What To Know: Very few details have been revealed about the Nissan Ariya, but it's expected to have nearly 300 miles of range, a sleek interior and an acceleration of 0-60 in five seconds.
It may also offer an all-wheel-drive option with motors in both the front and the rear. The price starts at $40,000, which makes this car more affordable than the $53,000 starting price of the Tesla Model Y. It will also qualify for the $7,500 federal tax credit, which the Model Y does not.
Why It's Important: The Ariya will include Nissan’s second generation of its ProPilot Assist self-driving technology, which furthers its competition with the Model Y. Like most electric vehicles, it will also feature regenerative breaking to increase electric efficiency.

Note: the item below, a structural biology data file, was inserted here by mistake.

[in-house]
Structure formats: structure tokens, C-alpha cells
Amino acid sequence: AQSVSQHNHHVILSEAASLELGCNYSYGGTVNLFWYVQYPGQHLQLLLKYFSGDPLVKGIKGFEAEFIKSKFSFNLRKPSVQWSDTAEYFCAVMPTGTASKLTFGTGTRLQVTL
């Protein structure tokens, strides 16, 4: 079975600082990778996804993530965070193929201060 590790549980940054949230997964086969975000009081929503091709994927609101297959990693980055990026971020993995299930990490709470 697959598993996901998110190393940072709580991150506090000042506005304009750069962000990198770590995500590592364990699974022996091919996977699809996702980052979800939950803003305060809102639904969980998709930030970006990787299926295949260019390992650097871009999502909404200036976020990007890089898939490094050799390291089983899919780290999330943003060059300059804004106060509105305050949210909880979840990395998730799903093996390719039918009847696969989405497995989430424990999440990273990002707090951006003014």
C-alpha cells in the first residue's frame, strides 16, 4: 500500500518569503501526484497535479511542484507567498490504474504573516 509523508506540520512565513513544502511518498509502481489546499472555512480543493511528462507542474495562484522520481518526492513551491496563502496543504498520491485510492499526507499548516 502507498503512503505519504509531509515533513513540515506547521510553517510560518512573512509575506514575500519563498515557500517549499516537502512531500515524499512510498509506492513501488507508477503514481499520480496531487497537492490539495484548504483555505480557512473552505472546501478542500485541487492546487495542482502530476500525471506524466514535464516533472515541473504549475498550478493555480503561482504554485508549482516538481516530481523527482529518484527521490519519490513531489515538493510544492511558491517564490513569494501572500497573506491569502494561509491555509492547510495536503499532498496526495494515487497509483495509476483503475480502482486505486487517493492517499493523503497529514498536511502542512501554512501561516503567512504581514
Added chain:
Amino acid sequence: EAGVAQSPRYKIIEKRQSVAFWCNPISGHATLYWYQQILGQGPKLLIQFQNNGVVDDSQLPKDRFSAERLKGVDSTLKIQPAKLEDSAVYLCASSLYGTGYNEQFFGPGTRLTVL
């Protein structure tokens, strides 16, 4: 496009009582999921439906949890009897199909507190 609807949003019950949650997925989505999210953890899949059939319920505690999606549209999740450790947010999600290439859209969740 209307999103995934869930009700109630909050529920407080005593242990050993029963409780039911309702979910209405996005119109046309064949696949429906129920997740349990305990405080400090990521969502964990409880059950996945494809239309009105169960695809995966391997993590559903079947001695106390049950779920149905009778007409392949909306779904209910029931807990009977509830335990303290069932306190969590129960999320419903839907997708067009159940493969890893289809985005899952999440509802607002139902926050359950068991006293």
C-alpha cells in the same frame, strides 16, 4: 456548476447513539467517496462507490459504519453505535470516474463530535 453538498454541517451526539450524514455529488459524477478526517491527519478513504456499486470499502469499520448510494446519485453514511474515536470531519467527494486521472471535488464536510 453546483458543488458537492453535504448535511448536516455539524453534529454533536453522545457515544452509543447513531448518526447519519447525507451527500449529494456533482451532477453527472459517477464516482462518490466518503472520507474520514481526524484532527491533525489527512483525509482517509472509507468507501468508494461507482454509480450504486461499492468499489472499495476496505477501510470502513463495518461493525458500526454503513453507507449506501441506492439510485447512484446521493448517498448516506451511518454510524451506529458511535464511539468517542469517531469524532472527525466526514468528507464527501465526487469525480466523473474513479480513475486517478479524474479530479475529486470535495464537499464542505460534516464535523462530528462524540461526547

Production and sales of the Ariya are planned to begin in China in 2020 and the United States in 2021. For those searching for a more affordable all-electric crossover, the Ariya could be it.
Benzinga's Take: Tesla has proven its stance as the dominant leader of electric vehicles. Competition has been promised from other auto manufacturers for years, but so far nothing has come close to appealing for Tesla owners.
On paper, this new Nissan sounds great. But will it deliver?
Photo courtesy of Nissan.
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